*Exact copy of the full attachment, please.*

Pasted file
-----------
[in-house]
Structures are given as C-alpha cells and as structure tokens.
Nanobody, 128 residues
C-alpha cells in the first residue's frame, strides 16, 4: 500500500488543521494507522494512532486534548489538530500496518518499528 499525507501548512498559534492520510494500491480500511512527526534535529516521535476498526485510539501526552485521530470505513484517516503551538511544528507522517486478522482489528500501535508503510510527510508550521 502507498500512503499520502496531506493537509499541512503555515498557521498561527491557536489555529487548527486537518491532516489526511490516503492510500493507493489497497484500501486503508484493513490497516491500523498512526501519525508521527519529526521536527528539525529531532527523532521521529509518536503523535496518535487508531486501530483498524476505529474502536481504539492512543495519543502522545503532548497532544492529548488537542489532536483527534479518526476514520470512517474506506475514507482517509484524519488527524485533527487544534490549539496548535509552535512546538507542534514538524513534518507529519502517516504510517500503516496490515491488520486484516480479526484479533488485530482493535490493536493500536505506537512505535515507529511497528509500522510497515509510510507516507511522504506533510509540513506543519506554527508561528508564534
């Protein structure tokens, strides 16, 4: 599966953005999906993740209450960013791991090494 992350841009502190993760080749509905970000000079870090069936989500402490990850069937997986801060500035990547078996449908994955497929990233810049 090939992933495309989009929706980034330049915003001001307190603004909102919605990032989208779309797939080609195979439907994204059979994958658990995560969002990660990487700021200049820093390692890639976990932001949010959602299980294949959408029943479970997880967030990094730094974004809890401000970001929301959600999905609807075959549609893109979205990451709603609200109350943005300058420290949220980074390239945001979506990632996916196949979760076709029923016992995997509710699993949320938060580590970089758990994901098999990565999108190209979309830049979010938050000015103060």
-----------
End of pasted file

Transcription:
[in-house]
Structures are given as C-alpha cells and as structure tokens.
Nanobody, 128 residues
C-alpha cells in the first residue's frame, strides 16, 4: 500500500488543521494507522494512532486534548489538530500496518518499528 499525507501548512498559534492520510494500491480500511512527526534535529516521535476498526485510539501526552485521530470505513484517516503551538511544528507522517486478522482489528500501535508503510510527510508550521 502507498500512503499520502496531506493537509499541512503555515498557521498561527491557536489555529487548527486537518491532516489526511490516503492510500493507493489497497484500501486503508484493513490497516491500523498512526501519525508521527519529526521536527528539525529531532527523532521521529509518536503523535496518535487508531486501530483498524476505529474502536481504539492512543495519543502522545503532548497532544492529548488537542489532536483527534479518526476514520470512517474506506475514507482517509484524519488527524485533527487544534490549539496548535509552535512546538507542534514538524513534518507529519502517516504510517500503516496490515491488520486484516480479526484479533488485530482493535490493536493500536505506537512505535515507529511497528509500522510497515509510510507516507511522504506533510509540513506543519506554527508561528508564534
């Protein structure tokens, strides 16, 4: 599966953005999906993740209450960013791991090494 992350841009502190993760080749509905970000000079870090069936989500402490990850069937997986801060500035990547078996449908994955497929990233810049 090939992933495309989009929706980034330049915003001001307190603004909102919605990032989208779309797939080609195979439907994204059979994958658990995560969002990660990487700021200049820093390692890639976990932001949010959602299980294949959408029943479970997880967030990094730094974004809890401000970001929301959600999905609807075959549609893109979205990451709603609200109350943005300058420290949220980074390239945001979506990632996916196949979760076709029923016992995997509710699993949320938060580590970089758990994901098999990565999108190209979309830049979010938050000015103060």